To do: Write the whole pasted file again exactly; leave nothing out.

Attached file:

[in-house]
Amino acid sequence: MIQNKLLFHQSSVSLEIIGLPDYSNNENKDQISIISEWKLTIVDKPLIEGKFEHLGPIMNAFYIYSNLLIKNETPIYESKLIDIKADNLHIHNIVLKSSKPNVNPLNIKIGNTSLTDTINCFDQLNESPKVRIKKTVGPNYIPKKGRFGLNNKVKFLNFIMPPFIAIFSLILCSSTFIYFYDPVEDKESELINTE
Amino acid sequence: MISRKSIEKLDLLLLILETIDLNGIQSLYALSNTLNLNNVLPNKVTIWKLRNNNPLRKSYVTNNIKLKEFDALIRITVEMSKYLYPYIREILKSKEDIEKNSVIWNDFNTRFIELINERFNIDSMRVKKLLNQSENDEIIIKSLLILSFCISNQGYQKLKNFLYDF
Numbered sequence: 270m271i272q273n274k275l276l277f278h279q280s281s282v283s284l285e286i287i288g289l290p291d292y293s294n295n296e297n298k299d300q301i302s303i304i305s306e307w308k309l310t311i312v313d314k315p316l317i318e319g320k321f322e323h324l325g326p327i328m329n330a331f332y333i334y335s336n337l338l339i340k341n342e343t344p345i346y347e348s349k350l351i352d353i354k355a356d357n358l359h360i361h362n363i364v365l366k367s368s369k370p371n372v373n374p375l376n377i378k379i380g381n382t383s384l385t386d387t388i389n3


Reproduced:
[in-house]
Amino acid sequence: MIQNKLLFHQSSVSLEIIGLPDYSNNENKDQISIISEWKLTIVDKPLIEGKFEHLGPIMNAFYIYSNLLIKNETPIYESKLIDIKADNLHIHNIVLKSSKPNVNPLNIKIGNTSLTDTINCFDQLNESPKVRIKKTVGPNYIPKKGRFGLNNKVKFLNFIMPPFIAIFSLILCSSTFIYFYDPVEDKESELINTE
Amino acid sequence: MISRKSIEKLDLLLLILETIDLNGIQSLYALSNTLNLNNVLPNKVTIWKLRNNNPLRKSYVTNNIKLKEFDALIRITVEMSKYLYPYIREILKSKEDIEKNSVIWNDFNTRFIELINERFNIDSMRVKKLLNQSENDEIIIKSLLILSFCISNQGYQKLKNFLYDF
Numbered sequence: 270m271i272q273n274k275l276l277f278h279q280s281s282v283s284l285e286i287i288g289l290p291d292y293s294n295n296e297n298k299d300q301i302s303i304i305s306e307w308k309l310t311i312v313d314k315p316l317i318e319g320k321f322e323h324l325g326p327i328m329n330a331f332y333i334y335s336n337l338l339i340k341n342e343t344p345i346y347e348s349k350l351i352d353i354k355a356d357n358l359h360i361h362n363i364v365l366k367s368s369k370p371n372v373n374p375l376n377i378k379i380g381n382t383s384l385t386d387t388i389n3